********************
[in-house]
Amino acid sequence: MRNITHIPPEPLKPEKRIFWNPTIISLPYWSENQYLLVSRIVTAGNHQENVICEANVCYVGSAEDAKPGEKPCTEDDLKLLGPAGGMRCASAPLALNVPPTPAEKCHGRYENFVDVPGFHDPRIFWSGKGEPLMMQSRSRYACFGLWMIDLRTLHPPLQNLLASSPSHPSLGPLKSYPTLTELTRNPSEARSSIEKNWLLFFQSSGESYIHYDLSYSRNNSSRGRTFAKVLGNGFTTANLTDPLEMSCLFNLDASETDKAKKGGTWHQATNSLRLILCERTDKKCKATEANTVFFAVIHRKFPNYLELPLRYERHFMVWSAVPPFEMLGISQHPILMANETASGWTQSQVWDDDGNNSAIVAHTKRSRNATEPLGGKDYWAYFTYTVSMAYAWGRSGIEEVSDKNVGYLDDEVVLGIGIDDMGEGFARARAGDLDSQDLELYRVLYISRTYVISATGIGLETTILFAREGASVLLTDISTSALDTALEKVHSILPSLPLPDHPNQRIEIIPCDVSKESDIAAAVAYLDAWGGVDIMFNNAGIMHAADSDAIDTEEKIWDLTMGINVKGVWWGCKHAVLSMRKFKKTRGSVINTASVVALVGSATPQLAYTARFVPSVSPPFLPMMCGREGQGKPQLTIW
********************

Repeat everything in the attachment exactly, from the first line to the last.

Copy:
[in-house]
Amino acid sequence: MRNITHIPPEPLKPEKRIFWNPTIISLPYWSENQYLLVSRIVTAGNHQENVICEANVCYVGSAEDAKPGEKPCTEDDLKLLGPAGGMRCASAPLALNVPPTPAEKCHGRYENFVDVPGFHDPRIFWSGKGEPLMMQSRSRYACFGLWMIDLRTLHPPLQNLLASSPSHPSLGPLKSYPTLTELTRNPSEARSSIEKNWLLFFQSSGESYIHYDLSYSRNNSSRGRTFAKVLGNGFTTANLTDPLEMSCLFNLDASETDKAKKGGTWHQATNSLRLILCERTDKKCKATEANTVFFAVIHRKFPNYLELPLRYERHFMVWSAVPPFEMLGISQHPILMANETASGWTQSQVWDDDGNNSAIVAHTKRSRNATEPLGGKDYWAYFTYTVSMAYAWGRSGIEEVSDKNVGYLDDEVVLGIGIDDMGEGFARARAGDLDSQDLELYRVLYISRTYVISATGIGLETTILFAREGASVLLTDISTSALDTALEKVHSILPSLPLPDHPNQRIEIIPCDVSKESDIAAAVAYLDAWGGVDIMFNNAGIMHAADSDAIDTEEKIWDLTMGINVKGVWWGCKHAVLSMRKFKKTRGSVINTASVVALVGSATPQLAYTARFVPSVSPPFLPMMCGREGQGKPQLTIW